Amelia tries to bring this up with Ginny later, mentioning the necessary permits and paperwork. But Ginny tells her she’ll always choose her brother. Ginny then tries to (misguidedly) approach Evelyn, but is forced to drop it, so she apologizes to both her and Will.
But as Evelyn later discovers, there might be some truth to what Amelia is saying. There’s a discrepancy in the paperwork with a large amount of money unaccounted for. Will tells Evelyn he set $40,000 of it aside for promotion. She asks about the other $32,000 and he tells her he spent it on kitchen equipment because he got a “good deal” — even though they haven’t met with a contractor yet. Evelyn brushes it off at first, but later calls Amelia, concerned.
Elsewhere in the episode, Ginny is getting motion captured as part of her addition to a video game when the company’s CEO, Noah — whom Eliot describes as the “Mark Zuckerberg” of his field — asks Ginny out. Though she’s interested, she says no because she doesn’t want to deal with all the crowds and fans asking for her autograph. Good call, considering what happened a few episodes ago.
A few hours later, he sends her a video animated in the style of Super Mario, a callback to their conversation. But it isn’t until the next day Ginny finally takes him up on his offer of dinner after her game. At this point I’m impressed Ginny might have the energy for this after nine innings, but Kylie Bunbury can convince me of anything, including this.
When she shows up at the restaurant, she discovers Noah’s bought it out. But that’s not all. He also reveals there’s no menu because she can order anything she wants. I repeat, anything. Obviously, she picks a jalapeno burger — but to Noah’s credit, he gets one, too.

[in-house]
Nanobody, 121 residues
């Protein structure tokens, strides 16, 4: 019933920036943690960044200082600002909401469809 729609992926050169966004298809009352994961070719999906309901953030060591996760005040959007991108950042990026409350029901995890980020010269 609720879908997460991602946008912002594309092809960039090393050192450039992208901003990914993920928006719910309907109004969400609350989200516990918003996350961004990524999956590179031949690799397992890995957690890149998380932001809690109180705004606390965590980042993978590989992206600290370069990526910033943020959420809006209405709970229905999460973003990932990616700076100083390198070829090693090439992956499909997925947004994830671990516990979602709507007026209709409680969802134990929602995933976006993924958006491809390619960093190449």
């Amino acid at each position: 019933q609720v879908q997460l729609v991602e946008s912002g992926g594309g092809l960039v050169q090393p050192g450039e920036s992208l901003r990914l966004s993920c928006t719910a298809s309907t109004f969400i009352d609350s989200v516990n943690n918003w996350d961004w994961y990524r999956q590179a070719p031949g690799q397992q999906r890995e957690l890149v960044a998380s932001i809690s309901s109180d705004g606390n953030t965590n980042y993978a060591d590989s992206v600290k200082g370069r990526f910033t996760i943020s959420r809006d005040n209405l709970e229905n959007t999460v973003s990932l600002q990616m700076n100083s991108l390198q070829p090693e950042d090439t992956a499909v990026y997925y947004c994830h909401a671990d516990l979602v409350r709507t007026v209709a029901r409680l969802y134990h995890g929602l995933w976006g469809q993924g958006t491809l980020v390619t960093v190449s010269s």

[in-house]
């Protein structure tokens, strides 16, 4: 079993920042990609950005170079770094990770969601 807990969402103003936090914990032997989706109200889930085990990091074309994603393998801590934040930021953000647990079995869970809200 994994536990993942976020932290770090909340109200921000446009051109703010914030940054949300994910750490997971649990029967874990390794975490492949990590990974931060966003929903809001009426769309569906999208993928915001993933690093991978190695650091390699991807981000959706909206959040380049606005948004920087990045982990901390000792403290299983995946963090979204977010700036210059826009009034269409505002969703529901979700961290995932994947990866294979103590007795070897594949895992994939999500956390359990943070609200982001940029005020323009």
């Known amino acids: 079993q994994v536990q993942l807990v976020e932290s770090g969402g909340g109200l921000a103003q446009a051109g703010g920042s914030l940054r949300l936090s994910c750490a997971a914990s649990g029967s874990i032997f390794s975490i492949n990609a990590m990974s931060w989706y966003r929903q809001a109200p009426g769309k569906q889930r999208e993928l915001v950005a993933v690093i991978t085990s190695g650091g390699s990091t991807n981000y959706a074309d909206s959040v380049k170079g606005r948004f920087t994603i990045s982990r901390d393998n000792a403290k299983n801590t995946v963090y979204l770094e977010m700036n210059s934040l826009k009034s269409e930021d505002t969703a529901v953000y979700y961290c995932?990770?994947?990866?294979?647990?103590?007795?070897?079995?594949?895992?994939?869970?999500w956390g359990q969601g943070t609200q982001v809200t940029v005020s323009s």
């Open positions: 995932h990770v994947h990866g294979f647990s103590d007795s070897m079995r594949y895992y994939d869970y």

She then asks Noah about the restaurant business, and he mentions it’s riskier to invest in a restaurant than a start-up. Uh-oh. He also adds that you should definitely not invest with a friend or family member. Double uh-oh.
That’s all they have time for, as Ginny gets a text from Mike saying he is going to a bar after all, so she leaves behind a very understanding Noah. But when she arrives at the bar, she’s the only other player there. She and Mike get drinks and she tells him she walked out on a date. He asks why she lied and told her date she was going out with her brother. Ginny explains she doesn’t want him to feel bad.
Mike: “Yeah. Sure. Let’s go with that.”
Me: “Me too, my man. ME TOO.”
Eventually, it’s time for Mike to leave because of his press conference the next day. As they both wait for their cars outside, they continue to bicker. Ginny tells Mike she knew he wouldn’t leave without saying goodbye, and he replies jokingly that this isn’t goodbye. He then calls her “Ginny” for the first time…before admitting to nailing her cleats.
Finally, Ginny hugs Mike goodbye, but the moment lingers a little longer than it should, with both of them realizing and even starting to act on it…until the phone rings. It’s Oscar. The trade is off. And things are officially awkward.
Episode grade: B+